April 12, 2024

Hualien earthquake: Dozens rescued after major earthquake in Taiwan, but more than 600 people still cut off



CNN

Rescue teams tried to reach more than 600 people on Thursday in eastern Taiwan, after the strongest earthquake to hit the island in decades, with the number of injured exceeding 1,000.

A day after the 7.4 magnitude earthquake hit the island just south of Hualien County, the hardest-hit region, aftershocks continued to shake the island. At least nine people were killed, buildings were destroyed and landslides were caused.

Taiwanese officials warned that aftershocks of magnitude 7 could continue until the end of the week.

Hualien resident Hong Changyi told CNN that his liquor store was in one of the buildings felled by the earthquake.

“All my goods, including all my supplies on the bottom floor, were destroyed,” he said. “My mind has become empty, as all my life’s work has disappeared.”

“The shops that have been operating for more than ten years have disappeared in one morning, it is painful to see,” he added. “But people are safe, so that’s fortunate.”

Workers demolish a damaged building after the earthquake in Hualien, Taiwan, April 4, 2024.

With such a large earthquake, the death toll remains relatively low and damage appears to be limited. In addition to nine deaths, 1,050 were injured and 42 were missing. According to Taiwan’s National Fire Brigade, 646 people are stranded but in contact with rescue teams.

While dozens of people were rescued overnight, authorities say efforts are focused on freeing people stranded in a quarry in Hualien, and reaching those cut off in the surrounding mountain gorges, a tourist destination popular with hikers.

By Thursday afternoon, all 64 people stranded at the Heping Quarry had been safely evacuated, the fire brigade said. Video showed rocks and debris along a path leading to the site.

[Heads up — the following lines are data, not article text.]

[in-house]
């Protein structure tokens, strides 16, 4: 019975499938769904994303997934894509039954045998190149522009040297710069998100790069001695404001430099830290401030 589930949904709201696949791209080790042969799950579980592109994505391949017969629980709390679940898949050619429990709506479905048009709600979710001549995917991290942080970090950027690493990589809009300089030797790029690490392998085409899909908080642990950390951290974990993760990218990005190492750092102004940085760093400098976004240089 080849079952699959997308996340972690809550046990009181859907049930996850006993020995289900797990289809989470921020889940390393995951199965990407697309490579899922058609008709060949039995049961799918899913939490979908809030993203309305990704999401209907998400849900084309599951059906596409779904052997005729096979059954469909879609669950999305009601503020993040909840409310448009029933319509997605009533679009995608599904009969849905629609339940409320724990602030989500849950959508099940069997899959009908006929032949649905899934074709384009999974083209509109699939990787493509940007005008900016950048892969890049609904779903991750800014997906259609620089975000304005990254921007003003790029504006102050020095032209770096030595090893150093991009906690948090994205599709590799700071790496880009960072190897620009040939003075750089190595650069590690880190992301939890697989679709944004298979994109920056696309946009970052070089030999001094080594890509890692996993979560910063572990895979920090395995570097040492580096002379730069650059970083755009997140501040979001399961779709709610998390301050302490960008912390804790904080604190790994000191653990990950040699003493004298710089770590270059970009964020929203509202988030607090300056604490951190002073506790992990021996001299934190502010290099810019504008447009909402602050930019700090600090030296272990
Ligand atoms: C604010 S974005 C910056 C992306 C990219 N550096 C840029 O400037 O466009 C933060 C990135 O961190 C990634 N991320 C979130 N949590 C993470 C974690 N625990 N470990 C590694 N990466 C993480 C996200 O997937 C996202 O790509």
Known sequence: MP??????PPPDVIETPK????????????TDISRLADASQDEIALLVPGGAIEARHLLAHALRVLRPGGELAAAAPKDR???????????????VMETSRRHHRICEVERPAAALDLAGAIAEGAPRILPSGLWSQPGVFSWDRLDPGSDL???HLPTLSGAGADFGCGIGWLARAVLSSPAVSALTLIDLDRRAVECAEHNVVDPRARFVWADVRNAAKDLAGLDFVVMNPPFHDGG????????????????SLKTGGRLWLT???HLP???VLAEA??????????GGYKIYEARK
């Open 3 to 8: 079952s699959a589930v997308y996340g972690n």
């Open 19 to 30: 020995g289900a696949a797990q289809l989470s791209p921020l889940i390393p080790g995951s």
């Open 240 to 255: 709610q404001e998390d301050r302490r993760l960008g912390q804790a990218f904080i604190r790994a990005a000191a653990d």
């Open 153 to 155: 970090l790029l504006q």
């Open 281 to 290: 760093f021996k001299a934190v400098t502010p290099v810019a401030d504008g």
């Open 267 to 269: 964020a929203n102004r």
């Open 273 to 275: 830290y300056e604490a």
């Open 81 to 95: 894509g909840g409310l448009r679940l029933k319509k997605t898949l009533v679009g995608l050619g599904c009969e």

One person was killed by falling stone at a second quarry, although six other workers were rescued. Dramatic video from firefighters showed a helicopter picking them up from a narrow cliff high in the mountains.

“There were too many stones, as if bullets were falling from above. We didn’t know where to run. We were all scared,” a worker rescued from the Zhonghe open-air mine told CNN affiliate SET News.

A rescue worker stands near the cordoned off area in the aftermath of an earthquake in Hualien, eastern Taiwan on Wednesday, April 3, 2024.

Drone footage from CNN affiliate CTS showed workers at the damaged quarry, located on the edge of a steep cliff high above the gorge.

Among the prisoners were 50 employees of the Silks Place Hotel Taroko, who were traveling to work in minibuses when the earthquake struck. After being inaccessible for most of Wednesday, three workers managed to walk to the hotel and reported the rest were safe, according to Central News Agency.

Video from firefighters on Thursday showed some of the trapped hotel staff in a road tunnel, with visible damage to their van. “They have been found,” you hear someone say. The Hualien Fire Department said rescuers waited until the roads were cleared to enter the tunnel, where another 20 tourists were also stranded, according to CNA.

The full extent of damage from the earthquake is still being assessed, with road and rail closures limiting access to the earthquake epicenter in Hualien County.